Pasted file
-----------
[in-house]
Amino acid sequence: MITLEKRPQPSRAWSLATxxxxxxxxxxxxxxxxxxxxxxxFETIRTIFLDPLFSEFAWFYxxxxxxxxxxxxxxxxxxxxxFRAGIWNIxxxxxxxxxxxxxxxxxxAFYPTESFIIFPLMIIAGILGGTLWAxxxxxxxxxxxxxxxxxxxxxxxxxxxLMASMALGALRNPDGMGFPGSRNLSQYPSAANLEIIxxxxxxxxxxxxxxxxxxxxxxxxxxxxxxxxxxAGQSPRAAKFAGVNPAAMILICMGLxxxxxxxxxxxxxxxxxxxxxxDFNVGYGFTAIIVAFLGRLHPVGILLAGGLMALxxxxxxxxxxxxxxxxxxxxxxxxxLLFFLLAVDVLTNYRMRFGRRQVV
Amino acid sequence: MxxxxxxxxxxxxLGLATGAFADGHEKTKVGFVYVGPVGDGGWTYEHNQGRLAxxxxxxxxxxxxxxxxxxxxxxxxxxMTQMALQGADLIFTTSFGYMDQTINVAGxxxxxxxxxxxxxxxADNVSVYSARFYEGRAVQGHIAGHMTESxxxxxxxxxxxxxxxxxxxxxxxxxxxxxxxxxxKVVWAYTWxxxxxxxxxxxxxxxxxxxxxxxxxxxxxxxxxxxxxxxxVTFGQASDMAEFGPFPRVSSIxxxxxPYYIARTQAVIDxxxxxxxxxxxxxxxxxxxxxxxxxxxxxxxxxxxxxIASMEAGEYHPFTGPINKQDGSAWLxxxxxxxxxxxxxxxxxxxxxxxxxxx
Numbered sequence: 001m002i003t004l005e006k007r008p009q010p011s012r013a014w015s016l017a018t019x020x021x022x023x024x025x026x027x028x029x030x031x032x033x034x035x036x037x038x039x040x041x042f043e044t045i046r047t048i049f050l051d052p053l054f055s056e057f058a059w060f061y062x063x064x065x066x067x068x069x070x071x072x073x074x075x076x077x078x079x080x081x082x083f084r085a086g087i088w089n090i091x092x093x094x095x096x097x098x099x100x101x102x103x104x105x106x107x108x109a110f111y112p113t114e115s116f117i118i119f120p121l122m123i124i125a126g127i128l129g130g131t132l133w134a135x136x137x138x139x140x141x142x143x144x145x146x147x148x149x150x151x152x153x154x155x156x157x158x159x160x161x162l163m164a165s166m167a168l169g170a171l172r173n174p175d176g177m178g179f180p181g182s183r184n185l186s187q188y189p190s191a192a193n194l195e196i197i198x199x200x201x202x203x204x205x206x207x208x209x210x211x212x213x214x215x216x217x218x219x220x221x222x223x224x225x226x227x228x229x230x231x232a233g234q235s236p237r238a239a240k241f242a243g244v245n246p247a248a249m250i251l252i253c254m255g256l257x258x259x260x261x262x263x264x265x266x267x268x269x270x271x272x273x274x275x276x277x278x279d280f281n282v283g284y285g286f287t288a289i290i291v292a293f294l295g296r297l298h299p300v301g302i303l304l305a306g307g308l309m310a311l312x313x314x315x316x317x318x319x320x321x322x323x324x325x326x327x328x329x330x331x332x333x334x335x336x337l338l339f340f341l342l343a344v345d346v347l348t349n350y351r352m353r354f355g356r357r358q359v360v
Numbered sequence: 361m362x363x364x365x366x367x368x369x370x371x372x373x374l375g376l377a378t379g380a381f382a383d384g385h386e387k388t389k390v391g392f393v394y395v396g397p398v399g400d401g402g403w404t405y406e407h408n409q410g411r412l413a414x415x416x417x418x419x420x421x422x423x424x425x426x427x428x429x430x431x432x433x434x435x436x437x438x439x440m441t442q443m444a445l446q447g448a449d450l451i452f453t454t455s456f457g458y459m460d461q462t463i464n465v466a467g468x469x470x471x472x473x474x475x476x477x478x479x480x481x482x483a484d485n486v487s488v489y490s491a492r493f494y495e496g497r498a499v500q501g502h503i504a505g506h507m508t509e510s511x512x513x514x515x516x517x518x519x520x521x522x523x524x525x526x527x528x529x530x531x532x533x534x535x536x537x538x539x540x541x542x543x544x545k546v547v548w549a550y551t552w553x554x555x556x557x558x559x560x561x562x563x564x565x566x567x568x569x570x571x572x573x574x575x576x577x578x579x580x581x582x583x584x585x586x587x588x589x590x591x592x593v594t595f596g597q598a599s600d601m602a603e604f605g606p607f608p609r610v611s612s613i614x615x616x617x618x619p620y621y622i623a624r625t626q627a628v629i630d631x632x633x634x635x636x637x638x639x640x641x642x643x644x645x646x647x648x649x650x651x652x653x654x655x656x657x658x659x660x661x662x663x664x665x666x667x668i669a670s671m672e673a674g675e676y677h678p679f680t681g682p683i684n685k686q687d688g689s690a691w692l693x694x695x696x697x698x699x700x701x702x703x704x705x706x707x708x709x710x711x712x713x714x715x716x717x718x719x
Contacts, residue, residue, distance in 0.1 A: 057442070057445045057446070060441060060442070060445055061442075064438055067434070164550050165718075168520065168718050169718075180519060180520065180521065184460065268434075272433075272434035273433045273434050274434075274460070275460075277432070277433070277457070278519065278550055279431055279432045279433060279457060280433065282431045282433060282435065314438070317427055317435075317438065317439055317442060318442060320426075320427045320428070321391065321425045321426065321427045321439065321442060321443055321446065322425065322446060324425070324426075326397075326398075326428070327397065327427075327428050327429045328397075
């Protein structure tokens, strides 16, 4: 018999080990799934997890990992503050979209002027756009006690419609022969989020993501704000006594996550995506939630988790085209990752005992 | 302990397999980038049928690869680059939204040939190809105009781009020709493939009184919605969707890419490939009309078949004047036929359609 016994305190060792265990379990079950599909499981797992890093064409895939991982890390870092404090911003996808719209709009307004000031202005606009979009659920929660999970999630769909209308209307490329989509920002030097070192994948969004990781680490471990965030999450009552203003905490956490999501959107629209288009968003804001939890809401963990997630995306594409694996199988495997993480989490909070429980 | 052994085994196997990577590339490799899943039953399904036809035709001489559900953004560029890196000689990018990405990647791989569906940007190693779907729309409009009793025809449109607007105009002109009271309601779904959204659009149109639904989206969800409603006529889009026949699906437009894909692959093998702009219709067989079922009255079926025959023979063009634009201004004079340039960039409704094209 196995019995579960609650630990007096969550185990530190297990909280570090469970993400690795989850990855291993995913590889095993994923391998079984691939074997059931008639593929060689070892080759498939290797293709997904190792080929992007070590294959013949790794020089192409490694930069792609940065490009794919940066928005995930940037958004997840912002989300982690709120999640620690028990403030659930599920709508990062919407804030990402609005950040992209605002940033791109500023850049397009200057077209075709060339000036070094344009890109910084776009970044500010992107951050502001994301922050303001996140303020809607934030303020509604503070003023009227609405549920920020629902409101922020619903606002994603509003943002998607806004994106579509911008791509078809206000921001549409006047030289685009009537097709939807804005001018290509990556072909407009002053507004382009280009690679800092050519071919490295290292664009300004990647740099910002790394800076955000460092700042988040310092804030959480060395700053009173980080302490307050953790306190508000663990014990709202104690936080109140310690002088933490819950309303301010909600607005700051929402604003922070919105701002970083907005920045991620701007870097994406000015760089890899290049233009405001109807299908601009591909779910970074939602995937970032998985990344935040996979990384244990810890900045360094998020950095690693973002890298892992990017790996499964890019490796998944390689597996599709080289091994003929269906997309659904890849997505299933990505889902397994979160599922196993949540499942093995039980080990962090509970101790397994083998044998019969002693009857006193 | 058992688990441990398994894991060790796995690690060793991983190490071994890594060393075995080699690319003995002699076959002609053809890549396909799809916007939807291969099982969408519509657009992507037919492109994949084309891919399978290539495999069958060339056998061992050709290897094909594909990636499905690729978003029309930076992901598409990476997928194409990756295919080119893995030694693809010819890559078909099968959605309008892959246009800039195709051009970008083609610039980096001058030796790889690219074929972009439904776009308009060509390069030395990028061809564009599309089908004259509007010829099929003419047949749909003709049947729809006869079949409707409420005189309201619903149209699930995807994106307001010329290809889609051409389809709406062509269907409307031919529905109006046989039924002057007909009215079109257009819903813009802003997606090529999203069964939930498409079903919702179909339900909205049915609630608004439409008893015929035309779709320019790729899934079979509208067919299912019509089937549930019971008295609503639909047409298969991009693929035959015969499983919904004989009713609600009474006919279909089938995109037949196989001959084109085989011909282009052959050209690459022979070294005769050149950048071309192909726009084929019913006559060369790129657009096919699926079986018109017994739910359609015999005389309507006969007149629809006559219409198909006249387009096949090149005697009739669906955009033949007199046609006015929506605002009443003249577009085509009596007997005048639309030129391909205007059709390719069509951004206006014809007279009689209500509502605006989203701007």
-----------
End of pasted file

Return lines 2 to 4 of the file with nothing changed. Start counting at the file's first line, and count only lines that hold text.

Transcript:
Amino acid sequence: MITLEKRPQPSRAWSLATxxxxxxxxxxxxxxxxxxxxxxxFETIRTIFLDPLFSEFAWFYxxxxxxxxxxxxxxxxxxxxxFRAGIWNIxxxxxxxxxxxxxxxxxxAFYPTESFIIFPLMIIAGILGGTLWAxxxxxxxxxxxxxxxxxxxxxxxxxxxLMASMALGALRNPDGMGFPGSRNLSQYPSAANLEIIxxxxxxxxxxxxxxxxxxxxxxxxxxxxxxxxxxAGQSPRAAKFAGVNPAAMILICMGLxxxxxxxxxxxxxxxxxxxxxxDFNVGYGFTAIIVAFLGRLHPVGILLAGGLMALxxxxxxxxxxxxxxxxxxxxxxxxxLLFFLLAVDVLTNYRMRFGRRQVV
Amino acid sequence: MxxxxxxxxxxxxLGLATGAFADGHEKTKVGFVYVGPVGDGGWTYEHNQGRLAxxxxxxxxxxxxxxxxxxxxxxxxxxMTQMALQGADLIFTTSFGYMDQTINVAGxxxxxxxxxxxxxxxADNVSVYSARFYEGRAVQGHIAGHMTESxxxxxxxxxxxxxxxxxxxxxxxxxxxxxxxxxxKVVWAYTWxxxxxxxxxxxxxxxxxxxxxxxxxxxxxxxxxxxxxxxxVTFGQASDMAEFGPFPRVSSIxxxxxPYYIARTQAVIDxxxxxxxxxxxxxxxxxxxxxxxxxxxxxxxxxxxxxIASMEAGEYHPFTGPINKQDGSAWLxxxxxxxxxxxxxxxxxxxxxxxxxxx
Numbered sequence: 001m002i003t004l005e006k007r008p009q010p011s012r013a014w015s016l017a018t019x020x021x022x023x024x025x026x027x028x029x030x031x032x033x034x035x036x037x038x039x040x041x042f043e044t045i046r047t048i049f050l051d052p053l054f055s056e057f058a059w060f061y062x063x064x065x066x067x068x069x070x071x072x073x074x075x076x077x078x079x080x081x082x083f084r085a086g087i088w089n090i091x092x093x094x095x096x097x098x099x100x101x102x103x104x105x106x107x108x109a110f111y112p113t114e115s116f117i118i119f120p121l122m123i124i125a126g127i128l129g130g131t132l133w134a135x136x137x138x139x140x141x142x143x144x145x146x147x148x149x150x151x152x153x154x155x156x157x158x159x160x161x162l163m164a165s166m167a168l169g170a171l172r173n174p175d176g177m178g179f180p181g182s183r184n185l186s187q188y189p190s191a192a193n194l195e196i197i198x199x200x201x202x203x204x205x206x207x208x209x210x211x212x213x214x215x216x217x218x219x220x221x222x223x224x225x226x227x228x229x230x231x232a233g234q235s236p237r238a239a240k241f242a243g244v245n246p247a248a249m250i251l252i253c254m255g256l257x258x259x260x261x262x263x264x265x266x267x268x269x270x271x272x273x274x275x276x277x278x279d280f281n282v283g284y285g286f287t288a289i290i291v292a293f294l295g296r297l298h299p300v301g302i303l304l305a306g307g308l309m310a311l312x313x314x315x316x317x318x319x320x321x322x323x324x325x326x327x328x329x330x331x332x333x334x335x336x337l338l339f340f341l342l343a344v345d346v347l348t349n350y351r352m353r354f355g356r357r358q359v360v